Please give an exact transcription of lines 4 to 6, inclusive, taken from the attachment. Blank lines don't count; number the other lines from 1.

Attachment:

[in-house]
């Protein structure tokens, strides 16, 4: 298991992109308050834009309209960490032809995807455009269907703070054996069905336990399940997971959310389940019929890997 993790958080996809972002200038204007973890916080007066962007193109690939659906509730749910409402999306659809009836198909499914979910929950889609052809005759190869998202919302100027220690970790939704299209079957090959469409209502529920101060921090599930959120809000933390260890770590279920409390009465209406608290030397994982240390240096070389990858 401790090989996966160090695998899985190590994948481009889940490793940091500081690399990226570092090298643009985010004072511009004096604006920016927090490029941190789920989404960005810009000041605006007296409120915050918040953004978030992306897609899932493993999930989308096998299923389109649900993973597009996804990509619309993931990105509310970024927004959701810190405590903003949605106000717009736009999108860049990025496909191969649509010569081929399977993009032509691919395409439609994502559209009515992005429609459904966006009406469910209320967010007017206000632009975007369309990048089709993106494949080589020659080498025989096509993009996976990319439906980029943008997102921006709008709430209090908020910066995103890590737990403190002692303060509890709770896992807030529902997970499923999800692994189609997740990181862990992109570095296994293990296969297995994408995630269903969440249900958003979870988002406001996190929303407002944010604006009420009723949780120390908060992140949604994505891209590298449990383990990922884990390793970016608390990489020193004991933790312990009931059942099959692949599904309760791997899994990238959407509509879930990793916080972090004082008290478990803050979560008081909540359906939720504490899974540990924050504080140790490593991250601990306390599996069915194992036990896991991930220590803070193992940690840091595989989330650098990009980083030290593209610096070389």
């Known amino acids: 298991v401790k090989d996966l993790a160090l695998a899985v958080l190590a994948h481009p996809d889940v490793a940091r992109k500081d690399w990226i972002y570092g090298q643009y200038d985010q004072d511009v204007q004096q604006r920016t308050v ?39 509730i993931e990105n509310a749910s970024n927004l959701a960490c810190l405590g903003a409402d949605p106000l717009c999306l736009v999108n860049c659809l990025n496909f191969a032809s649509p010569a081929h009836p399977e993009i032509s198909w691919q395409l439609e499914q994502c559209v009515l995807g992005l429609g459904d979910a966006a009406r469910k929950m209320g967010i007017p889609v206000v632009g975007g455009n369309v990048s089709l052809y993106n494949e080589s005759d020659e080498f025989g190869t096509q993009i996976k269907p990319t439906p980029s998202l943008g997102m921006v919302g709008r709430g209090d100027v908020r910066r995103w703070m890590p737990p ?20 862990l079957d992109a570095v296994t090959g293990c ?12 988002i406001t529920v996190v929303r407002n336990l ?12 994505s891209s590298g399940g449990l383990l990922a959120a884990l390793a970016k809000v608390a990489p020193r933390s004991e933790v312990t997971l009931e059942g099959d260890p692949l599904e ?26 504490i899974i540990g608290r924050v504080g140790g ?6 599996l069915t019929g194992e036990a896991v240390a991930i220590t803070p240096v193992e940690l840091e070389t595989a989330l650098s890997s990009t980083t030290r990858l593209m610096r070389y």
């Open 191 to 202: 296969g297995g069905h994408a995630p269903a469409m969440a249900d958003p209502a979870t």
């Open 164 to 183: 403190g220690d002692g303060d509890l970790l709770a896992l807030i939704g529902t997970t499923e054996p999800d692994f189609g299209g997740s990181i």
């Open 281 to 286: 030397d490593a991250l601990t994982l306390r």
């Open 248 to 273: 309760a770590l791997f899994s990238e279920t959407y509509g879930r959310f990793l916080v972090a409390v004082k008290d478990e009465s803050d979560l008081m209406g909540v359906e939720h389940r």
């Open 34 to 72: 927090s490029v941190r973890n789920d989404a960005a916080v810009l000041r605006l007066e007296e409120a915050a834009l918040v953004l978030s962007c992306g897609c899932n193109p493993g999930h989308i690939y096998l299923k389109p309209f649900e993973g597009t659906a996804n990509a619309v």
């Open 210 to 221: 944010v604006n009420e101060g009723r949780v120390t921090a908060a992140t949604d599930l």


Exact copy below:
């Open 191 to 202: 296969g297995g069905h994408a995630p269903a469409m969440a249900d958003p209502a979870t």
């Open 164 to 183: 403190g220690d002692g303060d509890l970790l709770a896992l807030i939704g529902t997970t499923e054996p999800d692994f189609g299209g997740s990181i």
């Open 281 to 286: 030397d490593a991250l601990t994982l306390r």